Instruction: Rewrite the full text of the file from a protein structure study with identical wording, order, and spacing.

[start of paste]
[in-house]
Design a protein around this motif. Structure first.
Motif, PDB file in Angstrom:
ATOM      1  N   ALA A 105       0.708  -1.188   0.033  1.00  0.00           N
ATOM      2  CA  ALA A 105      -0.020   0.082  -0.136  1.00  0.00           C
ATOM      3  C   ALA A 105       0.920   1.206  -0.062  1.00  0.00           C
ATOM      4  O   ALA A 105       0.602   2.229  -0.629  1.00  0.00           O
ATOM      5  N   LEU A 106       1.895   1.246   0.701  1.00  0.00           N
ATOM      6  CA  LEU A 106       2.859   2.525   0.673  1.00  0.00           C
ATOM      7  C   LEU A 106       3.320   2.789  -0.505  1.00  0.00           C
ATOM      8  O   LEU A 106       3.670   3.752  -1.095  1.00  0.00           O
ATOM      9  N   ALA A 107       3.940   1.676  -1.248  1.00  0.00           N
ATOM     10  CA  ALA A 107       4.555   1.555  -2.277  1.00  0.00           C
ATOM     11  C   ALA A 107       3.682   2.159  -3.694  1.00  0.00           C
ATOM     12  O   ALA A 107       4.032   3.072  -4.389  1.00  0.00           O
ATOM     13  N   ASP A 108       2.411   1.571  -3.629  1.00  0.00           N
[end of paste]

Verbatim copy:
[in-house]
Design a protein around this motif. Structure first.
Motif, PDB file in Angstrom:
ATOM      1  N   ALA A 105       0.708  -1.188   0.033  1.00  0.00           N
ATOM      2  CA  ALA A 105      -0.020   0.082  -0.136  1.00  0.00           C
ATOM      3  C   ALA A 105       0.920   1.206  -0.062  1.00  0.00           C
ATOM      4  O   ALA A 105       0.602   2.229  -0.629  1.00  0.00           O
ATOM      5  N   LEU A 106       1.895   1.246   0.701  1.00  0.00           N
ATOM      6  CA  LEU A 106       2.859   2.525   0.673  1.00  0.00           C
ATOM      7  C   LEU A 106       3.320   2.789  -0.505  1.00  0.00           C
ATOM      8  O   LEU A 106       3.670   3.752  -1.095  1.00  0.00           O
ATOM      9  N   ALA A 107       3.940   1.676  -1.248  1.00  0.00           N
ATOM     10  CA  ALA A 107       4.555   1.555  -2.277  1.00  0.00           C
ATOM     11  C   ALA A 107       3.682   2.159  -3.694  1.00  0.00           C
ATOM     12  O   ALA A 107       4.032   3.072  -4.389  1.00  0.00           O
ATOM     13  N   ASP A 108       2.411   1.571  -3.629  1.00  0.00           N